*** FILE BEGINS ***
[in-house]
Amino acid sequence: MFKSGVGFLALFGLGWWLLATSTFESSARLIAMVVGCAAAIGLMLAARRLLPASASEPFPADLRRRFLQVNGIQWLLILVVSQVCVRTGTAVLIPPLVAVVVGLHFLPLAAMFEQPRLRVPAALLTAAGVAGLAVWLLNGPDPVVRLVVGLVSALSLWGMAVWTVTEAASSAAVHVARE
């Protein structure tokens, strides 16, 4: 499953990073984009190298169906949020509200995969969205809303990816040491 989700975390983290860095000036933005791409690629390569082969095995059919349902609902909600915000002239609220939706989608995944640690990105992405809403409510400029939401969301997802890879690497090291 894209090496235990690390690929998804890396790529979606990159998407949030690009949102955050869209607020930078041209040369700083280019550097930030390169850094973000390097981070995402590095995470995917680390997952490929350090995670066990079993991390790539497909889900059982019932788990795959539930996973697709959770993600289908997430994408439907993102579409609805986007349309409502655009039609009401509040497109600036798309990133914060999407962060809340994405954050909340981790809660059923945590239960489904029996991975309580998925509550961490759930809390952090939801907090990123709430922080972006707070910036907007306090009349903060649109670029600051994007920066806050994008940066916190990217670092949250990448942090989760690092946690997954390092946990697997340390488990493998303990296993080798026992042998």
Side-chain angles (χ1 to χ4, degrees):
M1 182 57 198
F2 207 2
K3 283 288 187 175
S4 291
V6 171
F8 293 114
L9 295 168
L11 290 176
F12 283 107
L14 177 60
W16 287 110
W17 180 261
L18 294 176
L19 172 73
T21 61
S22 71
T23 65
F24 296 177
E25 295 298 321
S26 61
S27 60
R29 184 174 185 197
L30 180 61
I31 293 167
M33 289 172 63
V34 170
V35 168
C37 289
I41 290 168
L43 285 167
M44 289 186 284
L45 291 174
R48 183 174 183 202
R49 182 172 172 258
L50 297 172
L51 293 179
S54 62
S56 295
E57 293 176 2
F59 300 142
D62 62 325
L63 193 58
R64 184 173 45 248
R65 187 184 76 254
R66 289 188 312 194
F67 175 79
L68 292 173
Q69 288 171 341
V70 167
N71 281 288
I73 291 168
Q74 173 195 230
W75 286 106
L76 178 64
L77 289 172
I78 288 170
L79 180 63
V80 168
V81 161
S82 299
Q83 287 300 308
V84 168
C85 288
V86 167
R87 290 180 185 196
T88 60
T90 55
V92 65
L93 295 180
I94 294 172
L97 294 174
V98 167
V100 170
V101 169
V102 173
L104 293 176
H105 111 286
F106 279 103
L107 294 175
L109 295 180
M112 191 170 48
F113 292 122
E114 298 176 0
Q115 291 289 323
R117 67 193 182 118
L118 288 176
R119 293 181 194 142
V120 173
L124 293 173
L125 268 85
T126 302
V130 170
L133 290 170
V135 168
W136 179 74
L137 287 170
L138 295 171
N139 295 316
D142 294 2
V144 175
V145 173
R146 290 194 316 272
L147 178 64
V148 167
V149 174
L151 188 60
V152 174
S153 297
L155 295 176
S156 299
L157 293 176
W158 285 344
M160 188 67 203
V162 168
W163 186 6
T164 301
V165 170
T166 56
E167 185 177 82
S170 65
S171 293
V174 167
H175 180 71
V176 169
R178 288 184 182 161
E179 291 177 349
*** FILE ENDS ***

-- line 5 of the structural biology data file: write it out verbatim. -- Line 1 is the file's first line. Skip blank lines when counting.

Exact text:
M1 182 57 198